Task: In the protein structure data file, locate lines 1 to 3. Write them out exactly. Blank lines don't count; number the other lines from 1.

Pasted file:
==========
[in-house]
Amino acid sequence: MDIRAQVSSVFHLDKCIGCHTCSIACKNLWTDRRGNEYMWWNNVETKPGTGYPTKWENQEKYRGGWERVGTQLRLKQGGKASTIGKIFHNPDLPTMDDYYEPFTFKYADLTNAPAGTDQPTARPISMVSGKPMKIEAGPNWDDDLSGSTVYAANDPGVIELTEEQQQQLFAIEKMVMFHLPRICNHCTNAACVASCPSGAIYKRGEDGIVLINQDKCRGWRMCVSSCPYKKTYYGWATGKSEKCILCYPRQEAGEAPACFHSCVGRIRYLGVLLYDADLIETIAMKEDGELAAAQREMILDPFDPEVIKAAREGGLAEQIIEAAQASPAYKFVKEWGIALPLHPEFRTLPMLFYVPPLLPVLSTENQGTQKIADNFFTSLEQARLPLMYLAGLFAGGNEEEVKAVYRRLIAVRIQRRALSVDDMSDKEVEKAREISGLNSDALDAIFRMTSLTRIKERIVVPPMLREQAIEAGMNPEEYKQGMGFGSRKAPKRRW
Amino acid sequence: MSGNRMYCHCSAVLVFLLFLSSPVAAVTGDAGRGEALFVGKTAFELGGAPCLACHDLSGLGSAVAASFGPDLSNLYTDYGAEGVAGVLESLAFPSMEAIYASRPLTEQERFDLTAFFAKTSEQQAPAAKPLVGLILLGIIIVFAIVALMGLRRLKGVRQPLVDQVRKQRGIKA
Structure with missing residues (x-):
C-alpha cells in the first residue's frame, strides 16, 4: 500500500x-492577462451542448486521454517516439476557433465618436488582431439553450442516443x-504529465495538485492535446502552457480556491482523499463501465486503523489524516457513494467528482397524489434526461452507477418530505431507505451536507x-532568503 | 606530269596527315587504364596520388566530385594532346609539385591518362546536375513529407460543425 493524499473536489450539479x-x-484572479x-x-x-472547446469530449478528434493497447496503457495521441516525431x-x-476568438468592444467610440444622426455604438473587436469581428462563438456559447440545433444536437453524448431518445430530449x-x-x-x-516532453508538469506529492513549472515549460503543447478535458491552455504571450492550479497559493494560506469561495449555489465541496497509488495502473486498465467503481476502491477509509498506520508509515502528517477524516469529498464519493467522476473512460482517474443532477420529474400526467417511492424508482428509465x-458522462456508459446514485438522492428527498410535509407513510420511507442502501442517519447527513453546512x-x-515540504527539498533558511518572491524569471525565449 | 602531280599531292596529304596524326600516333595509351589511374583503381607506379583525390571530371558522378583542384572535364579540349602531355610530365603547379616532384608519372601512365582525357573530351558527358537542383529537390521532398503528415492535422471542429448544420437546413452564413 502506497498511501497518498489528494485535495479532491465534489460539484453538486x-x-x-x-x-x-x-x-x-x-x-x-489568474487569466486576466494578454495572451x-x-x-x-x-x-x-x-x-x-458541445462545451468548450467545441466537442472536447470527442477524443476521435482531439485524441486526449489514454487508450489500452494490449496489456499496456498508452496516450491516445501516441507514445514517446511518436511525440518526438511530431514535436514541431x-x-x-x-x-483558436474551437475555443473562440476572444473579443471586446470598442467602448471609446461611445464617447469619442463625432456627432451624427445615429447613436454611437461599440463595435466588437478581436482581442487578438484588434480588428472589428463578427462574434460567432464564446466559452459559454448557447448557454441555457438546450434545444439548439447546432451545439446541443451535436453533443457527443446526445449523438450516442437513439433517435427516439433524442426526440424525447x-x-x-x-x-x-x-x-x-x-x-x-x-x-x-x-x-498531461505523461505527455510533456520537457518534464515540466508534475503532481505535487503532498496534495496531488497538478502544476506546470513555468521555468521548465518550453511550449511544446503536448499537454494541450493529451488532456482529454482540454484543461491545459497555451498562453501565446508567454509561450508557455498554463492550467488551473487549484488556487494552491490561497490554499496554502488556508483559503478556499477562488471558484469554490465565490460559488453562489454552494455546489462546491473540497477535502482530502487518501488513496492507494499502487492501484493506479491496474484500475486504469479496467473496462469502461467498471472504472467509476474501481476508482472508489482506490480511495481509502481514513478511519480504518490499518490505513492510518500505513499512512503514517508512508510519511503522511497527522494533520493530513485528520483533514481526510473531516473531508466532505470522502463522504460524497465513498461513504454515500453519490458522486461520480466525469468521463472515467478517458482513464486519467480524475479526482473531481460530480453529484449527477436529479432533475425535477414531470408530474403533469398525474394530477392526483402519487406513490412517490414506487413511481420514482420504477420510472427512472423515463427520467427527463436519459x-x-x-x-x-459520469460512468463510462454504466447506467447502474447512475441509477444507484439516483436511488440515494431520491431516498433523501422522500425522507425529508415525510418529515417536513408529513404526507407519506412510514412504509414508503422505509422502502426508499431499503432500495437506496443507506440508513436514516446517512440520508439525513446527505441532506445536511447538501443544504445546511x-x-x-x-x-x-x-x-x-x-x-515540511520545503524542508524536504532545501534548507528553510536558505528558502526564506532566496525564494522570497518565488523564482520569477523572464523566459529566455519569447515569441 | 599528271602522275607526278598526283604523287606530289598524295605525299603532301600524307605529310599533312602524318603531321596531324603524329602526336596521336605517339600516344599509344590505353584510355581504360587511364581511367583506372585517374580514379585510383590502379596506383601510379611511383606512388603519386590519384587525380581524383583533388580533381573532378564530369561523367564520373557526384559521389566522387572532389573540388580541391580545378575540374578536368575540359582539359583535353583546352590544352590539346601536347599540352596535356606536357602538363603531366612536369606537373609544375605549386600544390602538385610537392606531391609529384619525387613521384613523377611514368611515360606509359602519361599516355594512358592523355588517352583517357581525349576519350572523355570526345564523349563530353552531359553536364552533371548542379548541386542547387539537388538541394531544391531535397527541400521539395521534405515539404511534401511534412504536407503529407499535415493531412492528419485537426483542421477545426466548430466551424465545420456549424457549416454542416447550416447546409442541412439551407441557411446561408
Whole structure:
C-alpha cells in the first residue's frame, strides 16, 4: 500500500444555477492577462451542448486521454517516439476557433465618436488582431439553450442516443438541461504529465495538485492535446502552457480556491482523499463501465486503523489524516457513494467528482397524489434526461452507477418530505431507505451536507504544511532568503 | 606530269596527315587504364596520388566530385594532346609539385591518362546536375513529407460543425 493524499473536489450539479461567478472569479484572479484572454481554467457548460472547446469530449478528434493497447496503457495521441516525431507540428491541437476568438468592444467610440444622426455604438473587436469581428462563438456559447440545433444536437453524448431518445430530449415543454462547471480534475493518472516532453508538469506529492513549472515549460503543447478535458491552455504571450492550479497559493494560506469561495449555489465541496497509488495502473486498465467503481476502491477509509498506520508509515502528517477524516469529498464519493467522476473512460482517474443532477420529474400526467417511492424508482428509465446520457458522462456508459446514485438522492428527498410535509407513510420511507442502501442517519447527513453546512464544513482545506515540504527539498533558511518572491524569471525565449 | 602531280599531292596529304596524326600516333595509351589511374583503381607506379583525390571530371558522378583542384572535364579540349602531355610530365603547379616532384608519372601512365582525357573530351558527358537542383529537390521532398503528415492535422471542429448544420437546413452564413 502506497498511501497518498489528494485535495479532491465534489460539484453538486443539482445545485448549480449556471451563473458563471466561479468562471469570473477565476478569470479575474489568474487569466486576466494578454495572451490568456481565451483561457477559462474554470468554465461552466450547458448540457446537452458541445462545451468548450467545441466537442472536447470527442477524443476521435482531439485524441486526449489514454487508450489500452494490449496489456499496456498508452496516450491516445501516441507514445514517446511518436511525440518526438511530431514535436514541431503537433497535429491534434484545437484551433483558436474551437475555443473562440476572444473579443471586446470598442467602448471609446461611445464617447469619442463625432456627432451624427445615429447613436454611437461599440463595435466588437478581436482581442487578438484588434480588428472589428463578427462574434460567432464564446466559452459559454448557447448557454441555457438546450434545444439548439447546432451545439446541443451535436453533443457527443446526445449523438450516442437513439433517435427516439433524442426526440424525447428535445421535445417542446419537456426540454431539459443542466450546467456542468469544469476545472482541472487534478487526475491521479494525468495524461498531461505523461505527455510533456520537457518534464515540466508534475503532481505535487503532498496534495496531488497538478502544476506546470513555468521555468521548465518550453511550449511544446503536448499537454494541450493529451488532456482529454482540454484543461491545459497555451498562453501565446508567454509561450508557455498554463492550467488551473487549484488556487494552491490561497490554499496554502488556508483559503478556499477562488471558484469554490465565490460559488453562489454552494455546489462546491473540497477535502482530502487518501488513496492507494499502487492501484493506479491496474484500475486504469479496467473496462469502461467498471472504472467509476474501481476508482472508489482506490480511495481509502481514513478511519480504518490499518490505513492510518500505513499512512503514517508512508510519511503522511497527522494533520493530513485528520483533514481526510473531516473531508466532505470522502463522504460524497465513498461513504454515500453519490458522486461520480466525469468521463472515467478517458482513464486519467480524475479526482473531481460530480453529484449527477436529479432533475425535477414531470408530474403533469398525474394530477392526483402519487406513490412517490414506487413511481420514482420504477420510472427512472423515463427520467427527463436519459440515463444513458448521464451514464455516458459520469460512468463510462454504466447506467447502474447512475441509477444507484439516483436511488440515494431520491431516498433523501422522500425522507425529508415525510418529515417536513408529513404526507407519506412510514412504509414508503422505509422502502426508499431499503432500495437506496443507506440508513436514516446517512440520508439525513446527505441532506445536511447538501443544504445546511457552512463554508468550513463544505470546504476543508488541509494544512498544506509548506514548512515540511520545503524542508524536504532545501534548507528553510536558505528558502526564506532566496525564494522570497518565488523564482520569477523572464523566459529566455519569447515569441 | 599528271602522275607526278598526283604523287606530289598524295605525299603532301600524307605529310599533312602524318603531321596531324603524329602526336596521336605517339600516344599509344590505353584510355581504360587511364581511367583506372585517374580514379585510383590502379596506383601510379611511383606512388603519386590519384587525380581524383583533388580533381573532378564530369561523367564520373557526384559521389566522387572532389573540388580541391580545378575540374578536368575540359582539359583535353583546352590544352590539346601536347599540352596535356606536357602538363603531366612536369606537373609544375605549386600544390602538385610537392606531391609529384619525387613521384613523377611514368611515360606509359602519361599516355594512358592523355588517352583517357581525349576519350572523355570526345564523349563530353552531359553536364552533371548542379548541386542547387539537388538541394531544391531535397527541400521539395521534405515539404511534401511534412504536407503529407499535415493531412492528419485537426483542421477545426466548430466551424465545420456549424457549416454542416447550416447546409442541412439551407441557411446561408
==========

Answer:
[in-house]
Amino acid sequence: MDIRAQVSSVFHLDKCIGCHTCSIACKNLWTDRRGNEYMWWNNVETKPGTGYPTKWENQEKYRGGWERVGTQLRLKQGGKASTIGKIFHNPDLPTMDDYYEPFTFKYADLTNAPAGTDQPTARPISMVSGKPMKIEAGPNWDDDLSGSTVYAANDPGVIELTEEQQQQLFAIEKMVMFHLPRICNHCTNAACVASCPSGAIYKRGEDGIVLINQDKCRGWRMCVSSCPYKKTYYGWATGKSEKCILCYPRQEAGEAPACFHSCVGRIRYLGVLLYDADLIETIAMKEDGELAAAQREMILDPFDPEVIKAAREGGLAEQIIEAAQASPAYKFVKEWGIALPLHPEFRTLPMLFYVPPLLPVLSTENQGTQKIADNFFTSLEQARLPLMYLAGLFAGGNEEEVKAVYRRLIAVRIQRRALSVDDMSDKEVEKAREISGLNSDALDAIFRMTSLTRIKERIVVPPMLREQAIEAGMNPEEYKQGMGFGSRKAPKRRW
Amino acid sequence: MSGNRMYCHCSAVLVFLLFLSSPVAAVTGDAGRGEALFVGKTAFELGGAPCLACHDLSGLGSAVAASFGPDLSNLYTDYGAEGVAGVLESLAFPSMEAIYASRPLTEQERFDLTAFFAKTSEQQAPAAKPLVGLILLGIIIVFAIVALMGLRRLKGVRQPLVDQVRKQRGIKA